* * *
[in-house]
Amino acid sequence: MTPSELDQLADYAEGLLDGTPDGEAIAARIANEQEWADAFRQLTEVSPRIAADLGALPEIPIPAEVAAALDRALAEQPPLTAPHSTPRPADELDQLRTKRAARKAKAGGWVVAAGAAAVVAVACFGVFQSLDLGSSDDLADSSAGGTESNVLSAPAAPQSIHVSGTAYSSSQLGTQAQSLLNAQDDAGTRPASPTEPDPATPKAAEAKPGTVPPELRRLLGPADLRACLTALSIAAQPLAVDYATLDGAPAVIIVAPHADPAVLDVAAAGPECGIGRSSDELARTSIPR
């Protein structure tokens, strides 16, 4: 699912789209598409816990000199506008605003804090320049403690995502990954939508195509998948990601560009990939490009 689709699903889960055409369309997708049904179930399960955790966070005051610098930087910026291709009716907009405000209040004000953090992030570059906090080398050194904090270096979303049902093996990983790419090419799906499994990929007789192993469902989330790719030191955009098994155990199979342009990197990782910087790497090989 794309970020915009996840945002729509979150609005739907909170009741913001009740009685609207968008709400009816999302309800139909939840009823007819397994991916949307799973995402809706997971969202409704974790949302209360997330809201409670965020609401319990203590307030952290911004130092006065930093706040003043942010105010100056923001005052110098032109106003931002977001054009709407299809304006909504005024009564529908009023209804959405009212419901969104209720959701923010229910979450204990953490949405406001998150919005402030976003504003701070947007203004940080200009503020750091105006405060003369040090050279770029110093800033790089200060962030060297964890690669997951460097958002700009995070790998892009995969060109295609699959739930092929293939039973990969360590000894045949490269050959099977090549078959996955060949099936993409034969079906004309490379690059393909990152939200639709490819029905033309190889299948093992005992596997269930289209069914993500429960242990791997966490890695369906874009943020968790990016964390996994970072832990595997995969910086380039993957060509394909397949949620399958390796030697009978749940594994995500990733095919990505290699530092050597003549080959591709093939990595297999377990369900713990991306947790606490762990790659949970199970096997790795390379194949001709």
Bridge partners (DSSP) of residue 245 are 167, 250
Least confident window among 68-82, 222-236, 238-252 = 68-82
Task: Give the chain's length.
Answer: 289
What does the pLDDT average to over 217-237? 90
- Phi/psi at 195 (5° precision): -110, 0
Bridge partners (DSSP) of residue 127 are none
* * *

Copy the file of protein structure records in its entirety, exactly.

[in-house]
Amino acid sequence: MTPSELDQLADYAEGLLDGTPDGEAIAARIANEQEWADAFRQLTEVSPRIAADLGALPEIPIPAEVAAALDRALAEQPPLTAPHSTPRPADELDQLRTKRAARKAKAGGWVVAAGAAAVVAVACFGVFQSLDLGSSDDLADSSAGGTESNVLSAPAAPQSIHVSGTAYSSSQLGTQAQSLLNAQDDAGTRPASPTEPDPATPKAAEAKPGTVPPELRRLLGPADLRACLTALSIAAQPLAVDYATLDGAPAVIIVAPHADPAVLDVAAAGPECGIGRSSDELARTSIPR
């Protein structure tokens, strides 16, 4: 699912789209598409816990000199506008605003804090320049403690995502990954939508195509998948990601560009990939490009 689709699903889960055409369309997708049904179930399960955790966070005051610098930087910026291709009716907009405000209040004000953090992030570059906090080398050194904090270096979303049902093996990983790419090419799906499994990929007789192993469902989330790719030191955009098994155990199979342009990197990782910087790497090989 794309970020915009996840945002729509979150609005739907909170009741913001009740009685609207968008709400009816999302309800139909939840009823007819397994991916949307799973995402809706997971969202409704974790949302209360997330809201409670965020609401319990203590307030952290911004130092006065930093706040003043942010105010100056923001005052110098032109106003931002977001054009709407299809304006909504005024009564529908009023209804959405009212419901969104209720959701923010229910979450204990953490949405406001998150919005402030976003504003701070947007203004940080200009503020750091105006405060003369040090050279770029110093800033790089200060962030060297964890690669997951460097958002700009995070790998892009995969060109295609699959739930092929293939039973990969360590000894045949490269050959099977090549078959996955060949099936993409034969079906004309490379690059393909990152939200639709490819029905033309190889299948093992005992596997269930289209069914993500429960242990791997966490890695369906874009943020968790990016964390996994970072832990595997995969910086380039993957060509394909397949949620399958390796030697009978749940594994995500990733095919990505290699530092050597003549080959591709093939990595297999377990369900713990991306947790606490762990790659949970199970096997790795390379194949001709």
Bridge partners (DSSP) of residue 245 are 167, 250
Least confident window among 68-82, 222-236, 238-252 = 68-82
Task: Give the chain's length.
Answer: 289
What does the pLDDT average to over 217-237? 90
- Phi/psi at 195 (5° precision): -110, 0
Bridge partners (DSSP) of residue 127 are none